297 F3d 142 Otero v. Bridgeport Housing Authority

297 F.3d 142

Isabel OTERO, Plaintiff-Appellant,
BRIDGEPORT HOUSING AUTHORITY, Clarence Craig, Joseph Papa, Jose Colon, Roy Boyd, Anita Wells, Earl Mellow, Defendants-Appellees.

Docket No. 01-7635.

United States Court of Appeals, Second Circuit.

Argued: February 28, 2002.

Decided: July 19, 2002.

John T. Bochanis, Bridgeport, Connecticut (Thomas J. Weihing, Daly, Weihing & Bochanis, Bridgeport, CT, on the brief), for Plaintiff-Appellant.

John B. Farley, Hartford, Connecticut (Thomas P. O'Dea, Jr., Ralph W. Johnson, III, Erik J. Ness, Halloran & Sage, Hartford, CT, on the brief), for Defendants-Appellees.

Before: KEARSE, JACOBS, and KEITH*, Circuit Judges.

KEARSE, Circuit Judge.

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Plaintiff Isabel Otero appeals principally from so much of a judgment of the United States District Court for the District of Connecticut, Peter C. Dorsey, Judge, as dismissed, following a jury verdict in her favor in the amount of $145,900, her claims under 42 U.S.C. § 1983 against her former employer defendant Bridgeport Housing Authority ("BHA") and defendant Clarence Craig, Jr., its executive director, for termination of her employment in violation of her right to due process. The district court, pursuant to Fed.R.Civ.P. 50(b), set aside the jury's verdict and granted judgment in favor of BHA and Craig as a matter of law on the ground that Otero had received an adequate hearing prior to the termination of her employment or, alternatively, that she had resigned her position and thereby vitiated her claim for wrongful termination. On appeal, Otero seeks reinstatement of the jury's verdict, arguing that the district court erred by making assessments of credibility and by failing to construe the evidence in the light most favorable to her.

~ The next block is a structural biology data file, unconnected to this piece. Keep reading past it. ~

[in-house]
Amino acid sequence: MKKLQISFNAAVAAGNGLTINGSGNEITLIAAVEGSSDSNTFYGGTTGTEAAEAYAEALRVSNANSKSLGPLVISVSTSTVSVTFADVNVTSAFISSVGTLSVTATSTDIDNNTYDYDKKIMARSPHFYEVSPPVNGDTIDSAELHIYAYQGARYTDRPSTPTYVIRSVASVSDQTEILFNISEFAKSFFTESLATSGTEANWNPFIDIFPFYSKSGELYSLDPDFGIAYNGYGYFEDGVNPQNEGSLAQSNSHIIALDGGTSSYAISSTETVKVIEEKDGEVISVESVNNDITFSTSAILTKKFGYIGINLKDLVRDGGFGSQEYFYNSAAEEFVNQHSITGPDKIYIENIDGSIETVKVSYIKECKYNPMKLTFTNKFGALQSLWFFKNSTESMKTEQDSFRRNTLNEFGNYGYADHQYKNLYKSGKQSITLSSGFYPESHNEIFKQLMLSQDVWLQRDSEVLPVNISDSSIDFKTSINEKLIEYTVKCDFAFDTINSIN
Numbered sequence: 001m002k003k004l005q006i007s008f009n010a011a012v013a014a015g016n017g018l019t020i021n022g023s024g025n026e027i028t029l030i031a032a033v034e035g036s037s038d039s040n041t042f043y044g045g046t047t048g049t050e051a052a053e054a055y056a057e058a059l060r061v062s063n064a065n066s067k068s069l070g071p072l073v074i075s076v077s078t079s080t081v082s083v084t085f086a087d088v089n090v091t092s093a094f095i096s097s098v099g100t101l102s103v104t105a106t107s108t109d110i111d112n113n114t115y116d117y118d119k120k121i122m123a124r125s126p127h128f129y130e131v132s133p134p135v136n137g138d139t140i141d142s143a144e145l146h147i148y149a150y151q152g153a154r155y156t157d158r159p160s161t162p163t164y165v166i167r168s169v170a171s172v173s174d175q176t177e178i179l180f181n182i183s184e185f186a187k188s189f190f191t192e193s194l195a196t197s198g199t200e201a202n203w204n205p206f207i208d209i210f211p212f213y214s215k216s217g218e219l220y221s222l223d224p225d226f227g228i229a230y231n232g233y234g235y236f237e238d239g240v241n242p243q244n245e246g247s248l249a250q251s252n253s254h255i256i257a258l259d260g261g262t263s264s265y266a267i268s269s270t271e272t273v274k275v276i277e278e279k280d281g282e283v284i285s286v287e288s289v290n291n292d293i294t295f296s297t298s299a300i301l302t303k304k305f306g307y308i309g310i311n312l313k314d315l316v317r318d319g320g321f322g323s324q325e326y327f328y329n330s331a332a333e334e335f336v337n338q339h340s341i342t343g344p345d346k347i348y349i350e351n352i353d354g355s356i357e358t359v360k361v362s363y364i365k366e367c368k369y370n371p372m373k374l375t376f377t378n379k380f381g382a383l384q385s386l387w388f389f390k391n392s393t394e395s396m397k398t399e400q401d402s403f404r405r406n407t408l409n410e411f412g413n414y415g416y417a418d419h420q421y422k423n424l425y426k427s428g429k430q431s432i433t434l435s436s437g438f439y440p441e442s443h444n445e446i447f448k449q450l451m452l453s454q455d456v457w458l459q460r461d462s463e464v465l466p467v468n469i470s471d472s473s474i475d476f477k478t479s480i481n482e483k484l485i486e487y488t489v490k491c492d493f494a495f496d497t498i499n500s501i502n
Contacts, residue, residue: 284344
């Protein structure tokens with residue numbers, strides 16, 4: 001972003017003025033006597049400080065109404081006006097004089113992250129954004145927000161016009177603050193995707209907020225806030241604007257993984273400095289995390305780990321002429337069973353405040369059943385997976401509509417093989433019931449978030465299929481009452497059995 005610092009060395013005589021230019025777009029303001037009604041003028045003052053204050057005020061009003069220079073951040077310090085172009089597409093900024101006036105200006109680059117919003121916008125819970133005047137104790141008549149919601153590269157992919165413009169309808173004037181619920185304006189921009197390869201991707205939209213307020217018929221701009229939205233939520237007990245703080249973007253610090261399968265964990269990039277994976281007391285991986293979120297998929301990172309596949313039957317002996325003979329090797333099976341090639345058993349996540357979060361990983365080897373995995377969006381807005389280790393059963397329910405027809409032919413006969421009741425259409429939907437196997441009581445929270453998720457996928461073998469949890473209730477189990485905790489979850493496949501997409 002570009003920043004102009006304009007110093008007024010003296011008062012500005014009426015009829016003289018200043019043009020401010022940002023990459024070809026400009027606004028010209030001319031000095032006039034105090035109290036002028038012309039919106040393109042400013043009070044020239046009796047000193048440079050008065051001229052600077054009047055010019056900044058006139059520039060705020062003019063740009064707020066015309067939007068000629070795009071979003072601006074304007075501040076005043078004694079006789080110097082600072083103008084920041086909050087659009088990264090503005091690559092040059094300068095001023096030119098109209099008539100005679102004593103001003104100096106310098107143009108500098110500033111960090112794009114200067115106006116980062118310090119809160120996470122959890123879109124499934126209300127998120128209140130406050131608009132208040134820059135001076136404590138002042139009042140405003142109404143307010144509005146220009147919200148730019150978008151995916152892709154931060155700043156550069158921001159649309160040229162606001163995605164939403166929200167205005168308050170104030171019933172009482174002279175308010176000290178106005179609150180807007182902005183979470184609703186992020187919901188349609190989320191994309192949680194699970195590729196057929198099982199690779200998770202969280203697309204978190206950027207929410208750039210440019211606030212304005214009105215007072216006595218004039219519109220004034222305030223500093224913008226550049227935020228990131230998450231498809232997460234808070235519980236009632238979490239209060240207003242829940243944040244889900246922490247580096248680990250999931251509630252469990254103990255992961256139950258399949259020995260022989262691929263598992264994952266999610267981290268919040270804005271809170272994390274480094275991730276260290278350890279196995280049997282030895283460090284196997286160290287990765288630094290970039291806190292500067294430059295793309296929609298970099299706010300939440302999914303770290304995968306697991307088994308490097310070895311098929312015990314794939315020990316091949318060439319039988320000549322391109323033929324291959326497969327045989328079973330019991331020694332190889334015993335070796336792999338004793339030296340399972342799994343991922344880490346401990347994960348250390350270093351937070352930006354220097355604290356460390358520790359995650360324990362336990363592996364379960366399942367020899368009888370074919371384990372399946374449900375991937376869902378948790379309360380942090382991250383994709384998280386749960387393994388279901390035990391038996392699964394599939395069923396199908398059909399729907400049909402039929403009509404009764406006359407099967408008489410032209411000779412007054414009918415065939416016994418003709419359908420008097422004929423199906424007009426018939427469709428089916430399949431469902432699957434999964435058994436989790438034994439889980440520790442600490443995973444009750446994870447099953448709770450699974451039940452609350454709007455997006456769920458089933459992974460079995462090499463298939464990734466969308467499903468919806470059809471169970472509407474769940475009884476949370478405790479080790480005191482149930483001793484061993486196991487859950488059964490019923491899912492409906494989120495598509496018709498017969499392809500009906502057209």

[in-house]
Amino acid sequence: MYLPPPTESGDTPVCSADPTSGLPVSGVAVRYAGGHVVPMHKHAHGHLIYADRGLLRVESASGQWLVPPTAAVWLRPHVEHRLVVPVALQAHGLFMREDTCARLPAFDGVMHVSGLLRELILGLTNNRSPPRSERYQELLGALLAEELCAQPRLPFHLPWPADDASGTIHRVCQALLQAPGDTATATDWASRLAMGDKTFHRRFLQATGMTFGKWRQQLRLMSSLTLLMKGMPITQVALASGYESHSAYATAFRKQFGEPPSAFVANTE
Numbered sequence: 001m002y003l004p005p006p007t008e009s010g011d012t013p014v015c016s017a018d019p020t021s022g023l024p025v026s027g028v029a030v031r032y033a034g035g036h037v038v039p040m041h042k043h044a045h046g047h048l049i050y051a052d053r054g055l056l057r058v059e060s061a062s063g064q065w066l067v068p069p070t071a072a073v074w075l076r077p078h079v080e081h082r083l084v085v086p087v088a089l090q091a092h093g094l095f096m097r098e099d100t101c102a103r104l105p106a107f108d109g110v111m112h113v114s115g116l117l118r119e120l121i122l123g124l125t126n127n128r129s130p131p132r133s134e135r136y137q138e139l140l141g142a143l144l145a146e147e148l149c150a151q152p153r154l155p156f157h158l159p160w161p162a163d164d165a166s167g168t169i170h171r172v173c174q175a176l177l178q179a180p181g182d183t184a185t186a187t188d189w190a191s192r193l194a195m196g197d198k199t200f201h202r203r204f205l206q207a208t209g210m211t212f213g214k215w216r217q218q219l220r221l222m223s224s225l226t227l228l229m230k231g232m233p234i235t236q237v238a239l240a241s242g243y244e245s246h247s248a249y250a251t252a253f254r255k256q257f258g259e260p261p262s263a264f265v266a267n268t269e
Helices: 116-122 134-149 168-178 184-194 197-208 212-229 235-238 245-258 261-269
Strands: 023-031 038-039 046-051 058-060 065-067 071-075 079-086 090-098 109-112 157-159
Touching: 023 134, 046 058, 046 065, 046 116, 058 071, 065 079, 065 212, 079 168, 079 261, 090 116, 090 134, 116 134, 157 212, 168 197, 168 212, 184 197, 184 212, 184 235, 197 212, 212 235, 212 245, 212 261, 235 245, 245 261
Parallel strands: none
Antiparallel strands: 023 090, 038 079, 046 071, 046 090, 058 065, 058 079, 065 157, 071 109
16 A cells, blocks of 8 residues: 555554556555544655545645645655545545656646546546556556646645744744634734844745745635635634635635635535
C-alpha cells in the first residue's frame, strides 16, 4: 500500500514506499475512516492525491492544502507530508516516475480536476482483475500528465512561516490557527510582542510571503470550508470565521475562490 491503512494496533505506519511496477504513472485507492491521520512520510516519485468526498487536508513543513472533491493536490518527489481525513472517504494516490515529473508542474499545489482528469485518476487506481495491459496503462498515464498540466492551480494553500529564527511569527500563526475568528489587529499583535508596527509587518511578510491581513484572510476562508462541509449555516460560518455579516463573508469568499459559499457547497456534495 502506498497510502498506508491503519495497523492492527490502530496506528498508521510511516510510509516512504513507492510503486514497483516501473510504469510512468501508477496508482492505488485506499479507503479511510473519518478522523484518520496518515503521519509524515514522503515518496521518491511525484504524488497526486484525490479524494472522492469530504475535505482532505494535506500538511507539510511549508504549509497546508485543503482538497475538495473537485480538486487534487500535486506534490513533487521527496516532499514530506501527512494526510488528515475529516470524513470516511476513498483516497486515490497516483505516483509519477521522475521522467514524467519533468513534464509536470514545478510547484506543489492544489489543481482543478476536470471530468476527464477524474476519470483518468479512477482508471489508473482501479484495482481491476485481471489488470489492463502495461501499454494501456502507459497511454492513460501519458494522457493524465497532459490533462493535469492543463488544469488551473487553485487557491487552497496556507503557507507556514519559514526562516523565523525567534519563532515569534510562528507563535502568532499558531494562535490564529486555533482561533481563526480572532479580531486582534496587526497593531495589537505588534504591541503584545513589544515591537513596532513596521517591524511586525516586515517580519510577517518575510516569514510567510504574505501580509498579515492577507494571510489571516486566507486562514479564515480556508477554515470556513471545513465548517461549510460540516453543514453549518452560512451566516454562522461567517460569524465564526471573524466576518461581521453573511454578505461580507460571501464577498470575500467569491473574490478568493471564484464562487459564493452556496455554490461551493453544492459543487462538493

The district court also, at the close of Otero's case at trial and prior to submitting the case to the jury, granted judgment as a matter of law in favor of the other defendants, finding that there was no evidence that those individuals had any responsibility for or involvement in either deciding whether Otero would be discharged or determining what kind of hearing she would be given. Although Otero's notice of appeal indicated that she challenged that ruling as well, her brief on appeal contains no argument as to why that ruling was incorrect, and we thus regard that challenge as waived, see generally Day v. Morgenthau, 909 F.2d 75, 76 (2d Cir.1990); Kletschka v. Driver, 411 F.2d 436, 446-47 (2d Cir.1969); Fed. R.App. P. 28(a)(9).


Otero also challenges the court's pretrial dismissals of certain of her state-law claims. For the reasons that follow, we find merit only in Otero's challenge to the granting of judgment as a matter of law in favor of BHA and Craig on Otero's due process claims, and we remand for further proceedings with respect to the due process claim against those two defendants, as discussed below.